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I am trying to set up a dhcp server (isc dhcpd on debian 8 (vm inside an esxi environment)) with 4 network interfaces, eth0-3. The dhcp server should serve a different subnet on the interfaces eth1, eth2, eth3. Each subnet has its own vSwitch (vSphere) and the dhcp server is connected to each vSwitch.

The network interface setup looks like this:

source /etc/network/interfaces.d/*

# The loopback network interface
auto lo
iface lo inet loopback

# The primary network interface
auto eth0
iface eth0 inet static
    address 192.168.1.100
    netmask 255.255.255.0
    network 192.168.1.0
    broadcast 192.168.1.255
    gateway 192.168.1.1

auto eth1
iface eth1 inet static
    address 10.0.0.1
    netmask 255.255.255.0
    network 10.0.0.0
    broadcast 10.0.0.255

auto eth2
iface eth2 inet static
    address 172.16.0.1
    netmask 255.255.255.0
    network 172.16.0.0
    broadcast 172.16.0.255

auto eth3
iface eth3 inet static
    address 10.0.1.1
    netmask 255.255.255.0
    network 10.0.1.0
    broadcast 10.0.1.255

The current dhcpd configuration looks like this:

# dhcpd.conf

default-lease-time 600;
max-lease-time 7200;

subnet 172.16.0.0 netmask 255.255.255.0 {
    range 172.16.0.2 172.16.0.100;
    option subnet-mask 255.255.255.0;
    option domain-name-servers 172.16.0.1;
    option routers 172.16.0.1;
    option broadcast-address 172.16.0.255;
}

subnet 10.0.0.0 netmask 255.255.255.0 {
    range 10.0.0.2 10.0.0.100;
    option subnet-mask 255.255.255.0;
    option domain-name-servers 10.0.0.1;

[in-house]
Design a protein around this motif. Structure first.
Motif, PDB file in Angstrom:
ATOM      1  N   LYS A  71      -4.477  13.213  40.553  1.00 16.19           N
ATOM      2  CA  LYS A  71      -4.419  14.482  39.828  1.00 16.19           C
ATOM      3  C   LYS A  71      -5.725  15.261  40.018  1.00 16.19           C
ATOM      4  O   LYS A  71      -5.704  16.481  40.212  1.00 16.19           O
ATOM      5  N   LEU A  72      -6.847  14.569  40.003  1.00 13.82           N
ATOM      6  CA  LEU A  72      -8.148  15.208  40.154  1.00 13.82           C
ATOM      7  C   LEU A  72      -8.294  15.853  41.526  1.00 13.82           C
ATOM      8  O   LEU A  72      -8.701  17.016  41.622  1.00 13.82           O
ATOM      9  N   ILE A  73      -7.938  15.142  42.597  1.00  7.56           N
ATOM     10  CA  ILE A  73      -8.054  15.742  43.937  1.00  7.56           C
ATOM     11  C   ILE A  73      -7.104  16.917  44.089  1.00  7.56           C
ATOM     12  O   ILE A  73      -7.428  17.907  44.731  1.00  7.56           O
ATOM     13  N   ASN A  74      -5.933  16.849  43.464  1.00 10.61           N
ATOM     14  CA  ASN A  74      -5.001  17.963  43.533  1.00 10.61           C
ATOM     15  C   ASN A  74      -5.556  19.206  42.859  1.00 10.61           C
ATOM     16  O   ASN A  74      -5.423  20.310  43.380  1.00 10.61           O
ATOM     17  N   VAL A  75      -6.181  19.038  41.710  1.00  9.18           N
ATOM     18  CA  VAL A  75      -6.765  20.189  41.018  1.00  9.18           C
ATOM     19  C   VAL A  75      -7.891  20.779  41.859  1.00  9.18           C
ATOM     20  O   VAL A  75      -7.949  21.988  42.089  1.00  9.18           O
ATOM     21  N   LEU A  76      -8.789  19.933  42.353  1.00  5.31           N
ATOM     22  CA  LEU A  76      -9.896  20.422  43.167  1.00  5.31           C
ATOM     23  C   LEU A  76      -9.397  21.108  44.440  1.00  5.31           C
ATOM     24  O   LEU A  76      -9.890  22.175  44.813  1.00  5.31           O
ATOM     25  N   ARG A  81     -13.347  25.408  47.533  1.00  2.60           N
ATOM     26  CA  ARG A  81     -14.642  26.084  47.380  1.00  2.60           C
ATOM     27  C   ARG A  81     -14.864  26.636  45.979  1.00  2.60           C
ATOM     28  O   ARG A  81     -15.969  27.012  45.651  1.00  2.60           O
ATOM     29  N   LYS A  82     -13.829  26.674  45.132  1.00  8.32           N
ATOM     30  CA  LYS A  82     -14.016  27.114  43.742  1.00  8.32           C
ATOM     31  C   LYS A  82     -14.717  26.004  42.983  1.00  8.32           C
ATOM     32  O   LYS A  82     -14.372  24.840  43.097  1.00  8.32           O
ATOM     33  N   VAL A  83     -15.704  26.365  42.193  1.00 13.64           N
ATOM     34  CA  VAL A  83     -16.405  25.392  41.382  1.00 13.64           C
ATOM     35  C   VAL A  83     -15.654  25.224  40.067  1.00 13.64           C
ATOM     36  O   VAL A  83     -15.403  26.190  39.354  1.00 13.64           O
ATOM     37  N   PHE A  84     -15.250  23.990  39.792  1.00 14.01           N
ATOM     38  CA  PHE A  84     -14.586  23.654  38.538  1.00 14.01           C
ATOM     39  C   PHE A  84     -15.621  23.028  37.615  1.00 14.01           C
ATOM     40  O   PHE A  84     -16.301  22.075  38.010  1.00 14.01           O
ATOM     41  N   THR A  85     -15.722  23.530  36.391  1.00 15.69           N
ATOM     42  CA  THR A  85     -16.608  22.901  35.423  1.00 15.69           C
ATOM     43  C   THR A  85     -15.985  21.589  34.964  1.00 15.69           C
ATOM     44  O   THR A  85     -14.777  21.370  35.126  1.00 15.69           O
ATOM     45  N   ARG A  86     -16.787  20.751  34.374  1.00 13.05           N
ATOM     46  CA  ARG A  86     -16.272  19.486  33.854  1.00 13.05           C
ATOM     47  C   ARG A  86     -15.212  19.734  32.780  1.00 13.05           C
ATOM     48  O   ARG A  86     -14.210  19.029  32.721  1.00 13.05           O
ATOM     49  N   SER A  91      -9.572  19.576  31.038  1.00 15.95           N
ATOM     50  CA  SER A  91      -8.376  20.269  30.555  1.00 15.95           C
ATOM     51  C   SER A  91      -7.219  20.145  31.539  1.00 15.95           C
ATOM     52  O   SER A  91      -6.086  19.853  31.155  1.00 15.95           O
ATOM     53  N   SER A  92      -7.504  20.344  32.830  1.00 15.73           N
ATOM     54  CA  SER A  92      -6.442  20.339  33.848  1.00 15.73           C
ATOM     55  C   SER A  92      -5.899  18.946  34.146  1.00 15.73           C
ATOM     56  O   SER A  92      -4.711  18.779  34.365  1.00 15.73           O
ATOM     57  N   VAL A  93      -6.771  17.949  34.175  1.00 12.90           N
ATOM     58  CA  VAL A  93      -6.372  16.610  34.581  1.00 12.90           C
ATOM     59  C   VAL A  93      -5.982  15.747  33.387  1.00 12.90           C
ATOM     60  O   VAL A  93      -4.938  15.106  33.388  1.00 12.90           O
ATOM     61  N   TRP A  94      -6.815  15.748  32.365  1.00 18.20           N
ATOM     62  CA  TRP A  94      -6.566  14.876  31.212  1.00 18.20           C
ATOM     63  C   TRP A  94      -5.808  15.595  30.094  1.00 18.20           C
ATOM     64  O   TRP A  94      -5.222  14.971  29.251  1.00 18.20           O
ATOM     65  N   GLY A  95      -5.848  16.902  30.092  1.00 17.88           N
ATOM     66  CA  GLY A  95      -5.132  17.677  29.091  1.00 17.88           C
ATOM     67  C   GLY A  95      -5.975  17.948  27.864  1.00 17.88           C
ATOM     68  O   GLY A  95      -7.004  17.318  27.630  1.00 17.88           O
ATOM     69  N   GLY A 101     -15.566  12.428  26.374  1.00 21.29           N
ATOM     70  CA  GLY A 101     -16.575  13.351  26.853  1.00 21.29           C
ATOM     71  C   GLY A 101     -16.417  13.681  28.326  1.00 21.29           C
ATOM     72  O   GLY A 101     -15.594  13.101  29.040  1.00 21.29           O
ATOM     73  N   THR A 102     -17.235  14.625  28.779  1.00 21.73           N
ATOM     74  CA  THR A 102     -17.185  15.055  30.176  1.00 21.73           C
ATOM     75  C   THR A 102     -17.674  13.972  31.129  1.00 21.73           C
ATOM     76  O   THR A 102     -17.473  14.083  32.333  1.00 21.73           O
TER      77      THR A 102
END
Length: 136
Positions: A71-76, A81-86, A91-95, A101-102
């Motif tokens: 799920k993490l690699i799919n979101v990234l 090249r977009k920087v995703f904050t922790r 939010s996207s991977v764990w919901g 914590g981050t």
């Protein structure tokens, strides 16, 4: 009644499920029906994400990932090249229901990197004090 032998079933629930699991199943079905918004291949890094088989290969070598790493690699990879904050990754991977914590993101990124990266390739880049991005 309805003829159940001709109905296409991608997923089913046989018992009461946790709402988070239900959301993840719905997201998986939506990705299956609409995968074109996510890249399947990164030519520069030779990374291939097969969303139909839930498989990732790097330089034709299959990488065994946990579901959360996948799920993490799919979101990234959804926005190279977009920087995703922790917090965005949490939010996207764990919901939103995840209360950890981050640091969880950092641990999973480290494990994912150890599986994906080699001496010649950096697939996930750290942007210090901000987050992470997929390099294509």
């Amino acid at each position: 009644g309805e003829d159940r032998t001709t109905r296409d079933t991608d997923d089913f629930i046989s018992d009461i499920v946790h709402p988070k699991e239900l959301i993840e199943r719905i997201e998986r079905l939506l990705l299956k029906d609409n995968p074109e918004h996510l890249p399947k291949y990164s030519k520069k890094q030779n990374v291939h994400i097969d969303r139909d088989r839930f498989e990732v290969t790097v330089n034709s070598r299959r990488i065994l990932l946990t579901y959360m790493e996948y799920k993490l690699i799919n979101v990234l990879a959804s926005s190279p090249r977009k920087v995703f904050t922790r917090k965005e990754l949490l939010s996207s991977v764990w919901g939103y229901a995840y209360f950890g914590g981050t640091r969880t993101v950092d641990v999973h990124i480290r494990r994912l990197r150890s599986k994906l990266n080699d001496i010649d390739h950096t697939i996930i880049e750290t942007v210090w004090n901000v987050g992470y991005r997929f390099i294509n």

option routers 10.0.0.1;
    option broadcast-address 10.0.0.255;
}

subnet 10.0.1.0 netmask 255.255.255.0 {
    range 10.0.1.2 10.0.1.100;
    option subnet-mask 255.255.255.0;
    option domain-name-servers 10.0.1.1;
    option routers 10.0.1.1;
    option broadcast-address 10.0.1.255;
}

And finally, the dhcpd init script looks like this:

# /etc/default/isc-dhcp-server

DHCPD_CONF=/etc/dhcp/dhcpd.conf
DHCPD_PID=/var/run/dhcpd.pid
INTERFACES="eth1 eth2 eth3"

So far so good. However, what happens at the moment is that clients only get dhcp traffic via the eth1 interface. The other two network interfaces are ignored. Even when i remove eth1 from the isc-dhcp-server init script, it is still used and serves ip addresses:

isc-dhcp-server[1467]: Starting ISC DHCP server: dhcpd.
dhcpd: DHCPDISCOVER from 00:0a:26:37:6f:12 via eth1
dhcpd: DHCPOFFER on 10.0.0.2 to 00:0a:26:37:6f:12 (client0) via eth1
dhcpd: DHCPREQUEST for 10.0.0.2 (10.0.0.1) from 00:0a:26:37:6f:12 (client0) via eth1
dhcpd: DHCPACK on 10.0.0.2 to 00:0a:26:37:6f:12 (client0) via eth1

How can I make sure, that a certain network/subnet is only served using a specific network interface? How does the dhcp server know, which client belongs to which subnet? I know that I can specify hosts for a subnet using the hosts notation (hardware address, hostname, etc.). However, for me that defeats the purpose of dhcp, because I want to be able to assign ip addresses dynamically without having to touch the dhcp configuration whenever I add a new client to a subnet.

  • as you are on an ESXi host and you seem to have a dhcp vm, I can offer you a slightly different configuration if you want to. I'm running myself a dhcp-master and a dhcp-slave which prived dhcp services into 4 different subnets. This manage by one VM connected to different subnets, being resolved by vlans on the ESXi hosts. Or do you need to stick to your configuration above? – semm0 Mar 4 '16 at 10:31